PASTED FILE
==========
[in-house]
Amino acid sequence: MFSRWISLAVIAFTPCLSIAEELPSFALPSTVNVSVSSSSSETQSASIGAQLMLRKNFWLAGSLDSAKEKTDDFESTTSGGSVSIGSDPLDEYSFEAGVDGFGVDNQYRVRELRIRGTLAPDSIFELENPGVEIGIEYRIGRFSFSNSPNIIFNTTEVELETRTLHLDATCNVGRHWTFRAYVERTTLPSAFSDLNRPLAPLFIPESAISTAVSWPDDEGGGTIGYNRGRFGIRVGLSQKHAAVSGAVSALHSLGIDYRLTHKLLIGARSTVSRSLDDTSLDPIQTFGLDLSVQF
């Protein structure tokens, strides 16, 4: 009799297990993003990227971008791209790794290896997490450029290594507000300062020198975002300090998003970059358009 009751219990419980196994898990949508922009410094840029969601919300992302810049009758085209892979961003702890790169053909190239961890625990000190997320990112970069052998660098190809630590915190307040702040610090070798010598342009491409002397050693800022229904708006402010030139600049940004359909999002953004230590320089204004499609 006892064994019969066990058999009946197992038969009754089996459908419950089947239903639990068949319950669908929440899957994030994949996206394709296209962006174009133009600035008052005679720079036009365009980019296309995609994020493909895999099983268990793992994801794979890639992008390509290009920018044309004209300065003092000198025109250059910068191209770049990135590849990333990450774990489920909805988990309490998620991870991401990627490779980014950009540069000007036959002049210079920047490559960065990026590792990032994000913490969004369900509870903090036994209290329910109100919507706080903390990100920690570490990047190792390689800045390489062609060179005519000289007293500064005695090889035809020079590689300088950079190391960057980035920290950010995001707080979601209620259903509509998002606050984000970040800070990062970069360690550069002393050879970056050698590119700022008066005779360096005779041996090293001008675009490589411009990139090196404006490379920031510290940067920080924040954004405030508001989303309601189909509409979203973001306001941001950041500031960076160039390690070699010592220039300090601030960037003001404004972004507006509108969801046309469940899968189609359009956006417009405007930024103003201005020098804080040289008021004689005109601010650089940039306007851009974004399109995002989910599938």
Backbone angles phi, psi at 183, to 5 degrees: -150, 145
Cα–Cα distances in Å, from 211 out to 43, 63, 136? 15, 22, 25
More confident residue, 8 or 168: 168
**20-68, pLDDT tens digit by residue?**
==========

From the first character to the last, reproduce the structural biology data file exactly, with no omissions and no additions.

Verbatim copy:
[in-house]
Amino acid sequence: MFSRWISLAVIAFTPCLSIAEELPSFALPSTVNVSVSSSSSETQSASIGAQLMLRKNFWLAGSLDSAKEKTDDFESTTSGGSVSIGSDPLDEYSFEAGVDGFGVDNQYRVRELRIRGTLAPDSIFELENPGVEIGIEYRIGRFSFSNSPNIIFNTTEVELETRTLHLDATCNVGRHWTFRAYVERTTLPSAFSDLNRPLAPLFIPESAISTAVSWPDDEGGGTIGYNRGRFGIRVGLSQKHAAVSGAVSALHSLGIDYRLTHKLLIGARSTVSRSLDDTSLDPIQTFGLDLSVQF
């Protein structure tokens, strides 16, 4: 009799297990993003990227971008791209790794290896997490450029290594507000300062020198975002300090998003970059358009 009751219990419980196994898990949508922009410094840029969601919300992302810049009758085209892979961003702890790169053909190239961890625990000190997320990112970069052998660098190809630590915190307040702040610090070798010598342009491409002397050693800022229904708006402010030139600049940004359909999002953004230590320089204004499609 006892064994019969066990058999009946197992038969009754089996459908419950089947239903639990068949319950669908929440899957994030994949996206394709296209962006174009133009600035008052005679720079036009365009980019296309995609994020493909895999099983268990793992994801794979890639992008390509290009920018044309004209300065003092000198025109250059910068191209770049990135590849990333990450774990489920909805988990309490998620991870991401990627490779980014950009540069000007036959002049210079920047490559960065990026590792990032994000913490969004369900509870903090036994209290329910109100919507706080903390990100920690570490990047190792390689800045390489062609060179005519000289007293500064005695090889035809020079590689300088950079190391960057980035920290950010995001707080979601209620259903509509998002606050984000970040800070990062970069360690550069002393050879970056050698590119700022008066005779360096005779041996090293001008675009490589411009990139090196404006490379920031510290940067920080924040954004405030508001989303309601189909509409979203973001306001941001950041500031960076160039390690070699010592220039300090601030960037003001404004972004507006509108969801046309469940899968189609359009956006417009405007930024103003201005020098804080040289008021004689005109601010650089940039306007851009974004399109995002989910599938």
Backbone angles phi, psi at 183, to 5 degrees: -150, 145
Cα–Cα distances in Å, from 211 out to 43, 63, 136? 15, 22, 25
More confident residue, 8 or 168: 168
**20-68, pLDDT tens digit by residue?**